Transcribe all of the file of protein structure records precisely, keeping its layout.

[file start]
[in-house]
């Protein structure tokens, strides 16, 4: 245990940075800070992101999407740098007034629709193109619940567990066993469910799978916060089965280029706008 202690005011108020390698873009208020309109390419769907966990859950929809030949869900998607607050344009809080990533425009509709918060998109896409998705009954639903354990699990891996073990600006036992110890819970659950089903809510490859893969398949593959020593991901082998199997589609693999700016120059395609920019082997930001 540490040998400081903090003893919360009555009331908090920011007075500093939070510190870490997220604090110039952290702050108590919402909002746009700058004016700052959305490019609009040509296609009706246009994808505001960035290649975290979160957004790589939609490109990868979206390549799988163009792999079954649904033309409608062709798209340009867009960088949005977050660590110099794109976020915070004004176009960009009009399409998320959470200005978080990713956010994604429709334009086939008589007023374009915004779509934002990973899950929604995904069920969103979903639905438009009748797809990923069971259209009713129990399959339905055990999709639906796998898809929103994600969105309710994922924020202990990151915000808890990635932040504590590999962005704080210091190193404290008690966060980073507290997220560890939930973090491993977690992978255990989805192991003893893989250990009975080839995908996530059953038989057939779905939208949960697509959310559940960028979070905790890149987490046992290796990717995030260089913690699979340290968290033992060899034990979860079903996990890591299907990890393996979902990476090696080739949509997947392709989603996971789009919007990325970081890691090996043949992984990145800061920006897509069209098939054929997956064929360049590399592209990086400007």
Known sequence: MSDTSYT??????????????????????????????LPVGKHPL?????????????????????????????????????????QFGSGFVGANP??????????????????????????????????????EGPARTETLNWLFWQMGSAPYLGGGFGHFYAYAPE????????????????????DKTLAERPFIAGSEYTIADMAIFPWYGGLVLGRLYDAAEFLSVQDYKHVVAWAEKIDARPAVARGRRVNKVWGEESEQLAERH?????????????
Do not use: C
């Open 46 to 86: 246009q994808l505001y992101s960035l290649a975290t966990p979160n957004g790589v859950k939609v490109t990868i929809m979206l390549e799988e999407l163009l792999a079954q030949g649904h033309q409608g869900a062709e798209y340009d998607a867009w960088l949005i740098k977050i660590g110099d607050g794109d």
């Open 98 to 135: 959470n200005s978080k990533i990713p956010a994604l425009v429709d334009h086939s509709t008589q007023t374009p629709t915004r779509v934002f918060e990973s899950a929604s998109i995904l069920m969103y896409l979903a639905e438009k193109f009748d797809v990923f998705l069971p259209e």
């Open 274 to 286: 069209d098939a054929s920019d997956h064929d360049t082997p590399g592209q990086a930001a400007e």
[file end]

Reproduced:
[in-house]
């Protein structure tokens, strides 16, 4: 245990940075800070992101999407740098007034629709193109619940567990066993469910799978916060089965280029706008 202690005011108020390698873009208020309109390419769907966990859950929809030949869900998607607050344009809080990533425009509709918060998109896409998705009954639903354990699990891996073990600006036992110890819970659950089903809510490859893969398949593959020593991901082998199997589609693999700016120059395609920019082997930001 540490040998400081903090003893919360009555009331908090920011007075500093939070510190870490997220604090110039952290702050108590919402909002746009700058004016700052959305490019609009040509296609009706246009994808505001960035290649975290979160957004790589939609490109990868979206390549799988163009792999079954649904033309409608062709798209340009867009960088949005977050660590110099794109976020915070004004176009960009009009399409998320959470200005978080990713956010994604429709334009086939008589007023374009915004779509934002990973899950929604995904069920969103979903639905438009009748797809990923069971259209009713129990399959339905055990999709639906796998898809929103994600969105309710994922924020202990990151915000808890990635932040504590590999962005704080210091190193404290008690966060980073507290997220560890939930973090491993977690992978255990989805192991003893893989250990009975080839995908996530059953038989057939779905939208949960697509959310559940960028979070905790890149987490046992290796990717995030260089913690699979340290968290033992060899034990979860079903996990890591299907990890393996979902990476090696080739949509997947392709989603996971789009919007990325970081890691090996043949992984990145800061920006897509069209098939054929997956064929360049590399592209990086400007």
Known sequence: MSDTSYT??????????????????????????????LPVGKHPL?????????????????????????????????????????QFGSGFVGANP??????????????????????????????????????EGPARTETLNWLFWQMGSAPYLGGGFGHFYAYAPE????????????????????DKTLAERPFIAGSEYTIADMAIFPWYGGLVLGRLYDAAEFLSVQDYKHVVAWAEKIDARPAVARGRRVNKVWGEESEQLAERH?????????????
Do not use: C
């Open 46 to 86: 246009q994808l505001y992101s960035l290649a975290t966990p979160n957004g790589v859950k939609v490109t990868i929809m979206l390549e799988e999407l163009l792999a079954q030949g649904h033309q409608g869900a062709e798209y340009d998607a867009w960088l949005i740098k977050i660590g110099d607050g794109d």
């Open 98 to 135: 959470n200005s978080k990533i990713p956010a994604l425009v429709d334009h086939s509709t008589q007023t374009p629709t915004r779509v934002f918060e990973s899950a929604s998109i995904l069920m969103y896409l979903a639905e438009k193109f009748d797809v990923f998705l069971p259209e």
């Open 274 to 286: 069209d098939a054929s920019d997956h064929d360049t082997p590399g592209q990086a930001a400007e």